Organic and local
One Lincolnshire farmer is looking for shoppers to step away from the supermarket this year and make their festive fare one hundred per cent local and organic.
While you may not be planning anything more exotic than turkey, vegetables and all the trimmings while watching the Queen’s speech this Christmas Day, you can add a twist by making sure what’s on your plate is both locally produced and organic.
One man working hard to ensure the county’s shoppers have this option is Woodlands Farm owner, Andrew Dennis. A member of the Country Land and Business Association, Mr Dennis’ 690-acre farm, which was established by his family in 1870, lies on the Fens in South Holland, five miles south-east of Boston. It is home to not only organic turkeys, but pedigree cattle and acres of vegetables too.
His flock of turkeys was established in 1996, the year it was decided the farm would be one hundred per cent organic, and is widely acknowledged as the first in the county.
“The cost of producing cheap, conventional food was becoming ever more apparent – in terms of its potential damage to the soil, the landscape and human health,” said Mr Dennis. “It was recognised that organic farming provides an alternative approach by producing food in a way which addresses these concerns.”
The Woodlands flock consists of traditional bronze and black breeds, with some rare Lavendar Blues and Bourbon Reds. It is a closed stock, with Woodlands Farm breeding and rearing its own stock. They go into a heated barn when they hatch in April/May, and then from six weeks old they run in the paddock and the orchard.
Slaughter begins on 5th December, and Mr Dennis is a qualified slaughterman. This process is supervised, with every bird slaughtered individually away from the other birds.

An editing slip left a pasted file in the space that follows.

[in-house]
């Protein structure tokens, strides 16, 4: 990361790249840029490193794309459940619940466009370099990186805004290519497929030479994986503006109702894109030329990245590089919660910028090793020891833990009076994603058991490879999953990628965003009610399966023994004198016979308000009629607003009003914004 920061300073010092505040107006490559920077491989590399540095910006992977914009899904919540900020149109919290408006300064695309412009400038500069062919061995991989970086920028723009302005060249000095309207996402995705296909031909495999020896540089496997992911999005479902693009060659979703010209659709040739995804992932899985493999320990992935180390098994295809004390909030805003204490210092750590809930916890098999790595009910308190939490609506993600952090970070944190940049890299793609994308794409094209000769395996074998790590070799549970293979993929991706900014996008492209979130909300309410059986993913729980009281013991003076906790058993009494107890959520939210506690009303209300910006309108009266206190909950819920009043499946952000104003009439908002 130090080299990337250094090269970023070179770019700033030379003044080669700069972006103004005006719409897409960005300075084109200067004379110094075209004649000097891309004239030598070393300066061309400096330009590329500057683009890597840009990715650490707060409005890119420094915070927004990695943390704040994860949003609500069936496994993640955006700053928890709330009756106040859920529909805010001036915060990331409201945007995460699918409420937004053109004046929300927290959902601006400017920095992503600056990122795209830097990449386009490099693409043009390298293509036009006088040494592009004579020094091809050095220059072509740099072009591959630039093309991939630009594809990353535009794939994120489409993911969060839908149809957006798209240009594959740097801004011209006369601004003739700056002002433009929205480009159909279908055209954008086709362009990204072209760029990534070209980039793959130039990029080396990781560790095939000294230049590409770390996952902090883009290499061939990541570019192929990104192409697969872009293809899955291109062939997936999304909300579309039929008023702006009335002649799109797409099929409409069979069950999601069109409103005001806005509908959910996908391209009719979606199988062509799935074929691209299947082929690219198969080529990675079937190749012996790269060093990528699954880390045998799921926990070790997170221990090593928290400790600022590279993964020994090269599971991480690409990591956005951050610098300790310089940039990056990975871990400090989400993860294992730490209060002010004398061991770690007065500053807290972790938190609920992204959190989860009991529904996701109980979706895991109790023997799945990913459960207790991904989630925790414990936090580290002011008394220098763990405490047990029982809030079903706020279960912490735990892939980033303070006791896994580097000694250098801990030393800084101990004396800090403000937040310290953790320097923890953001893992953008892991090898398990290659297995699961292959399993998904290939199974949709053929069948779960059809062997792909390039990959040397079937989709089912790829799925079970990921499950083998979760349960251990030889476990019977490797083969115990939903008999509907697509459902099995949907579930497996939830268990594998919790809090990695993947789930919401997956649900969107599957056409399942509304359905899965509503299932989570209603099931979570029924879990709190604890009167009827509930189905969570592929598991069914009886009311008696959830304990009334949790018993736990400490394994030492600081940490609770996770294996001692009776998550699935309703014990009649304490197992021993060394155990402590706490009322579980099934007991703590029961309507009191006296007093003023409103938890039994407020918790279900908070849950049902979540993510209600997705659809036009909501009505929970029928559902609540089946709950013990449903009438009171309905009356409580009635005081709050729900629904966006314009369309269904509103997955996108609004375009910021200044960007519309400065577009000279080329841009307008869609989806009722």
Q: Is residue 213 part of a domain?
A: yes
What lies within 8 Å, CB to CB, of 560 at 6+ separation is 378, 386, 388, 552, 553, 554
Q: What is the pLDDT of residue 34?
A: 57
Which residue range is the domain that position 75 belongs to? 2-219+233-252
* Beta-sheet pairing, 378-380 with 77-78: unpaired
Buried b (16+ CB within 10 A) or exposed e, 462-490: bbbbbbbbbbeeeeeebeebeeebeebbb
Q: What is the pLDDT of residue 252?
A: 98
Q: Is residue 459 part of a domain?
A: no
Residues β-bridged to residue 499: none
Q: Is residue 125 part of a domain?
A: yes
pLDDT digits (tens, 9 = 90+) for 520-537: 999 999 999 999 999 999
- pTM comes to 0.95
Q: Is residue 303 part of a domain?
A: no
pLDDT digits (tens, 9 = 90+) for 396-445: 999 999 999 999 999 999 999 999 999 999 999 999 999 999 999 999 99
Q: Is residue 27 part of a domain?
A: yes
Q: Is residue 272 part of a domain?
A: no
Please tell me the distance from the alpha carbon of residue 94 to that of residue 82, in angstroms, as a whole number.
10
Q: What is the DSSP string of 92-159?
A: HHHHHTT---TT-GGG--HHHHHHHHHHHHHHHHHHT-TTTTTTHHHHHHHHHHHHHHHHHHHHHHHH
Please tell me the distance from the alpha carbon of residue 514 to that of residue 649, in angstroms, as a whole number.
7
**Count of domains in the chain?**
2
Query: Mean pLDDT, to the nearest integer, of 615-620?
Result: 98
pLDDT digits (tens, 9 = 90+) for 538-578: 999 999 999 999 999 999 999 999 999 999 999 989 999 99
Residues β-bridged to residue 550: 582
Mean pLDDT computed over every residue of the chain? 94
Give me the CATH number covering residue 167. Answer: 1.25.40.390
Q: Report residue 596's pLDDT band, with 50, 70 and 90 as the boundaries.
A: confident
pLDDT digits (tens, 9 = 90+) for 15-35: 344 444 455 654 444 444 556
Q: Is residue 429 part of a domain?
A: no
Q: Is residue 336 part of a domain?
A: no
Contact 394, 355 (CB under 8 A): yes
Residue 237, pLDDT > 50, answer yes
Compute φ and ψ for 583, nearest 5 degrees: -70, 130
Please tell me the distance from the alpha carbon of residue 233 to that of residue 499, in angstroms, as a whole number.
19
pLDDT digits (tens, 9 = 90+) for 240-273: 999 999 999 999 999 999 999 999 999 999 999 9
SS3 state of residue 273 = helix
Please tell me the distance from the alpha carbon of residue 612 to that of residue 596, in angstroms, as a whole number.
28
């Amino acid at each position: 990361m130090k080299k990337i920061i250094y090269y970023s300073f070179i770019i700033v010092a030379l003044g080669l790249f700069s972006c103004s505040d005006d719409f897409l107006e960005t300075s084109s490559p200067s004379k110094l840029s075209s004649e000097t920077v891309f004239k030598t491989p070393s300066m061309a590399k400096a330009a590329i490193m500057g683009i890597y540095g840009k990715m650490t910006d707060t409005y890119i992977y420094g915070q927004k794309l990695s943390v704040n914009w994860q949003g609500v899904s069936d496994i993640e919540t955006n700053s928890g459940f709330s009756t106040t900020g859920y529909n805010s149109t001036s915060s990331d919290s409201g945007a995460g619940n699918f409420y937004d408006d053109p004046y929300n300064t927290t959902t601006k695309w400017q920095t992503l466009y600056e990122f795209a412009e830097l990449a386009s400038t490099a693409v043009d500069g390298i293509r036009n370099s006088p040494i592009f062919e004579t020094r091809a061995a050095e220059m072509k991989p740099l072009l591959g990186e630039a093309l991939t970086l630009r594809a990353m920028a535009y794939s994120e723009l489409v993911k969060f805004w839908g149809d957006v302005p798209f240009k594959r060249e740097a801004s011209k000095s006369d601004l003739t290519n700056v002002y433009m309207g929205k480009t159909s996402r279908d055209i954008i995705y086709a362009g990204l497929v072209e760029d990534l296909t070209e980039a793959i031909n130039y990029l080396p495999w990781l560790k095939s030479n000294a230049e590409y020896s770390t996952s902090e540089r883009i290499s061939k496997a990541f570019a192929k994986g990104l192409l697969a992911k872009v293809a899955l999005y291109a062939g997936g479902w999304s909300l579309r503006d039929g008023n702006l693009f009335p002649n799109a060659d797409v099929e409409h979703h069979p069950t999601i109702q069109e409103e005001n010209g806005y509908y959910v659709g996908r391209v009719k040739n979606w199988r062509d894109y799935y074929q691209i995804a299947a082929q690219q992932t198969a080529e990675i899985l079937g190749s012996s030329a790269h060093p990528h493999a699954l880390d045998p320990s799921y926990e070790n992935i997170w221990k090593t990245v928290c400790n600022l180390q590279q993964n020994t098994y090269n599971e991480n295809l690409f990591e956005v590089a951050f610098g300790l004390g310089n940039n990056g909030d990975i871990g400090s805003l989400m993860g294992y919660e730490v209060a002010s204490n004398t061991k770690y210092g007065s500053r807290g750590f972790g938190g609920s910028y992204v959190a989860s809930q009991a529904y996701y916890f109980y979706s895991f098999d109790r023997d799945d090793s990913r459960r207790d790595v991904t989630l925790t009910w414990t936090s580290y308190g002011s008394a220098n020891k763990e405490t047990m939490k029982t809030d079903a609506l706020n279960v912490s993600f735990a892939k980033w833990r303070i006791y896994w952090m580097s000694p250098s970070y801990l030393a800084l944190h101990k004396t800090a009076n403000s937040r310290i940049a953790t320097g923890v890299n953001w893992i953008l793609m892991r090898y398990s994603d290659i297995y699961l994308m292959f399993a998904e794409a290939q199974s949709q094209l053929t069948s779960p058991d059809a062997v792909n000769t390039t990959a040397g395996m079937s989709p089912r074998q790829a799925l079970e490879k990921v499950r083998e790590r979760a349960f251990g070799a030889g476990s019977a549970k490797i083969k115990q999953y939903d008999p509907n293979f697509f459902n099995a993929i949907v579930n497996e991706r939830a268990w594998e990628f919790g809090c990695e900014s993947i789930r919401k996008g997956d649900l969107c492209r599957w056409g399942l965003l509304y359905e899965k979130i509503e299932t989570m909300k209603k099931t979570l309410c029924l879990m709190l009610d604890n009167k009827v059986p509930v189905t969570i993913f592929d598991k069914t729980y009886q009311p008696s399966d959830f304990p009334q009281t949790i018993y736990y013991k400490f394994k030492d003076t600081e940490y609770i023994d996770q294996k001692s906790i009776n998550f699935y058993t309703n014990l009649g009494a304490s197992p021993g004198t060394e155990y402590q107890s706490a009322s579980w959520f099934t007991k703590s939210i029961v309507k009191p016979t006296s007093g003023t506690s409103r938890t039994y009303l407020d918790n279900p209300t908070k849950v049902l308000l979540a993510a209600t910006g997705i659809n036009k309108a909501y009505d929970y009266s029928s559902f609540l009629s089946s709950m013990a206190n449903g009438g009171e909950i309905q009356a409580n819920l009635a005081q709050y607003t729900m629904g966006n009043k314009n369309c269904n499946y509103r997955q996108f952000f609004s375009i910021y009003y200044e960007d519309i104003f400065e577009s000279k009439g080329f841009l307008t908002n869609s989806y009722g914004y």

“It has been of special concern that the slaughtering should be carried out humanely,” said Mr Dennis. “Sooner than transport our birds to an abattoir, which can be stressful, this is carried out when the birds are out of sight of each other on their home territory. Our concern is to provide the birds with dignity in death as well as in life.”
He feels that the Norfolk black hen is the tastiest bird, and the tenderest, with a good gamey flavour, although it has a small breast and is a small bird (three to four kilos feeding eight to ten people).
However, Woodlands has a problem this year. Traditionally, the farm has 300 turkeys, but this year they have around 120 because the cold spring meant the eggs didn’t hatch properly and a fox managed to get into the paddock. As a result, it means that the farm is likely to sell out this year, but it has lined up another similar organic farmer in Rutland to help it to fulfil orders.
Woodlands Farm also offers chicken and game, and if anyone is looking for something less traditional for Christmas lunch, then everyone on the farm recommends their organic fillet steak. They have one of the only pedigree herds in the country, specialising in Lincoln Red cattle.
Whether you go with turkey or steak on your plate, you can accompany it with organic carrots, potatoes, the ubiquitous sprouts, and a selection of seasonal vegetables that have been grown on the farm in the grade one alluvial silt soil.
While the cost of organic food is widely perceived to be higher than non-organic, Woodlands Farm proves otherwise. Staff regularly check supermarkets to ensure that produce is competitively priced. Mr Dennis explains that farming organically is a more expensive system, with “higher production costs and more staff needed to control weeds, often by hand, for example.”
He added: “Consumers benefit by buying direct from the farm, there is no supermarket profit margin to pay and our produce is often cheaper than the large stores. In terms of taste, let alone in terms of creating rural employment, we believe we have a product that is better for your taste buds and for the community!”
Those wanting to buy produce from Woodlands Farm this Christmas should call 01205 724778 or visit: www.woodlandsfarm.co.uk